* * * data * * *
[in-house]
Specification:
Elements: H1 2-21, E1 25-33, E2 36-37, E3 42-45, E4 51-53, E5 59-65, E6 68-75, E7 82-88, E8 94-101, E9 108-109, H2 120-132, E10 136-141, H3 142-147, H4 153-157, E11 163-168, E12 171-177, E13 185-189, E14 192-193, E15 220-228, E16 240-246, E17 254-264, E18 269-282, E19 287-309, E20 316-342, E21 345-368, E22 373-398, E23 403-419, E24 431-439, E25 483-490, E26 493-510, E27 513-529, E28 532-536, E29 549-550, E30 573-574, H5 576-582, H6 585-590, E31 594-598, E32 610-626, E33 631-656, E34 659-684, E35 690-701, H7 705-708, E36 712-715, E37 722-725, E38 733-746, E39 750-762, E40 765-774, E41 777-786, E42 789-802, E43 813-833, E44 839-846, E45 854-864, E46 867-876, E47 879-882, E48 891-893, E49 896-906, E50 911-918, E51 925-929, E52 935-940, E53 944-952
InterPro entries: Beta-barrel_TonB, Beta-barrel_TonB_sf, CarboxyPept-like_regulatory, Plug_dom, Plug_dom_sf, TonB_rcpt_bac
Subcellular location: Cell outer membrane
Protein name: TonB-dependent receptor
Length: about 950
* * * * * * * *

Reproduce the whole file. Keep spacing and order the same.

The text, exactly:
[in-house]
Specification:
Elements: H1 2-21, E1 25-33, E2 36-37, E3 42-45, E4 51-53, E5 59-65, E6 68-75, E7 82-88, E8 94-101, E9 108-109, H2 120-132, E10 136-141, H3 142-147, H4 153-157, E11 163-168, E12 171-177, E13 185-189, E14 192-193, E15 220-228, E16 240-246, E17 254-264, E18 269-282, E19 287-309, E20 316-342, E21 345-368, E22 373-398, E23 403-419, E24 431-439, E25 483-490, E26 493-510, E27 513-529, E28 532-536, E29 549-550, E30 573-574, H5 576-582, H6 585-590, E31 594-598, E32 610-626, E33 631-656, E34 659-684, E35 690-701, H7 705-708, E36 712-715, E37 722-725, E38 733-746, E39 750-762, E40 765-774, E41 777-786, E42 789-802, E43 813-833, E44 839-846, E45 854-864, E46 867-876, E47 879-882, E48 891-893, E49 896-906, E50 911-918, E51 925-929, E52 935-940, E53 944-952
InterPro entries: Beta-barrel_TonB, Beta-barrel_TonB_sf, CarboxyPept-like_regulatory, Plug_dom, Plug_dom_sf, TonB_rcpt_bac
Subcellular location: Cell outer membrane
Protein name: TonB-dependent receptor
Length: about 950